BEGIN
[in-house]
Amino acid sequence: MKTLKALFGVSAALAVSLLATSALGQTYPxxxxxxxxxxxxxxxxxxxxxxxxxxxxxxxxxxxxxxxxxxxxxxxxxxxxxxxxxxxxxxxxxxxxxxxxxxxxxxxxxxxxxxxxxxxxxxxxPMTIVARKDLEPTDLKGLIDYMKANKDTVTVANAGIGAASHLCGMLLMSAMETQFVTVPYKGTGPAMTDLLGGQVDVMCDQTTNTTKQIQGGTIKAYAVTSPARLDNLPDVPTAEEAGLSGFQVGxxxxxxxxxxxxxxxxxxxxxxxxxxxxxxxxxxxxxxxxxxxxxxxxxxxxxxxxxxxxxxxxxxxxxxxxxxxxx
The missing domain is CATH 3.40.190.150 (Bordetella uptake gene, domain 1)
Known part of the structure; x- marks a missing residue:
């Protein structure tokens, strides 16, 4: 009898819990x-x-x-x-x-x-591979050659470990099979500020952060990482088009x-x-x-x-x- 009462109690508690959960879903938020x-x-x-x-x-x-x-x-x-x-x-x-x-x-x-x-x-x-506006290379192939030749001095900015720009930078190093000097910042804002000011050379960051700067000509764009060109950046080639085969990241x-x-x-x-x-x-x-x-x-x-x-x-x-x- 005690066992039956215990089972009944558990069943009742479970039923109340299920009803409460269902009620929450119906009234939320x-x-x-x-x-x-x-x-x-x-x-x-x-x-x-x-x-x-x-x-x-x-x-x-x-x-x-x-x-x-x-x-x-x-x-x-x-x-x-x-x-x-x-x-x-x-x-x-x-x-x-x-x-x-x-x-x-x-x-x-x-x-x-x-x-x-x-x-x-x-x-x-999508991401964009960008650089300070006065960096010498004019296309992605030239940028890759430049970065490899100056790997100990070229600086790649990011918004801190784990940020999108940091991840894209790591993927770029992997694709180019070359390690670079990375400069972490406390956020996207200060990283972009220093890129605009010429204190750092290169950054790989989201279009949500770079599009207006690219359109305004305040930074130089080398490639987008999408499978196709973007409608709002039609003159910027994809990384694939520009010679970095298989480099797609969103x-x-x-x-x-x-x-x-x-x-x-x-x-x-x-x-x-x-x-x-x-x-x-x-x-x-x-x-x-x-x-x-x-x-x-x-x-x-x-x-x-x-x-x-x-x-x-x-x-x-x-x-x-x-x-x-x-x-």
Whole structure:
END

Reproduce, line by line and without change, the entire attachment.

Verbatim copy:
[in-house]
Amino acid sequence: MKTLKALFGVSAALAVSLLATSALGQTYPxxxxxxxxxxxxxxxxxxxxxxxxxxxxxxxxxxxxxxxxxxxxxxxxxxxxxxxxxxxxxxxxxxxxxxxxxxxxxxxxxxxxxxxxxxxxxxxxPMTIVARKDLEPTDLKGLIDYMKANKDTVTVANAGIGAASHLCGMLLMSAMETQFVTVPYKGTGPAMTDLLGGQVDVMCDQTTNTTKQIQGGTIKAYAVTSPARLDNLPDVPTAEEAGLSGFQVGxxxxxxxxxxxxxxxxxxxxxxxxxxxxxxxxxxxxxxxxxxxxxxxxxxxxxxxxxxxxxxxxxxxxxxxxxxxxx
The missing domain is CATH 3.40.190.150 (Bordetella uptake gene, domain 1)
Known part of the structure; x- marks a missing residue:
């Protein structure tokens, strides 16, 4: 009898819990x-x-x-x-x-x-591979050659470990099979500020952060990482088009x-x-x-x-x- 009462109690508690959960879903938020x-x-x-x-x-x-x-x-x-x-x-x-x-x-x-x-x-x-506006290379192939030749001095900015720009930078190093000097910042804002000011050379960051700067000509764009060109950046080639085969990241x-x-x-x-x-x-x-x-x-x-x-x-x-x- 005690066992039956215990089972009944558990069943009742479970039923109340299920009803409460269902009620929450119906009234939320x-x-x-x-x-x-x-x-x-x-x-x-x-x-x-x-x-x-x-x-x-x-x-x-x-x-x-x-x-x-x-x-x-x-x-x-x-x-x-x-x-x-x-x-x-x-x-x-x-x-x-x-x-x-x-x-x-x-x-x-x-x-x-x-x-x-x-x-x-x-x-x-999508991401964009960008650089300070006065960096010498004019296309992605030239940028890759430049970065490899100056790997100990070229600086790649990011918004801190784990940020999108940091991840894209790591993927770029992997694709180019070359390690670079990375400069972490406390956020996207200060990283972009220093890129605009010429204190750092290169950054790989989201279009949500770079599009207006690219359109305004305040930074130089080398490639987008999408499978196709973007409608709002039609003159910027994809990384694939520009010679970095298989480099797609969103x-x-x-x-x-x-x-x-x-x-x-x-x-x-x-x-x-x-x-x-x-x-x-x-x-x-x-x-x-x-x-x-x-x-x-x-x-x-x-x-x-x-x-x-x-x-x-x-x-x-x-x-x-x-x-x-x-x-």
Whole structure: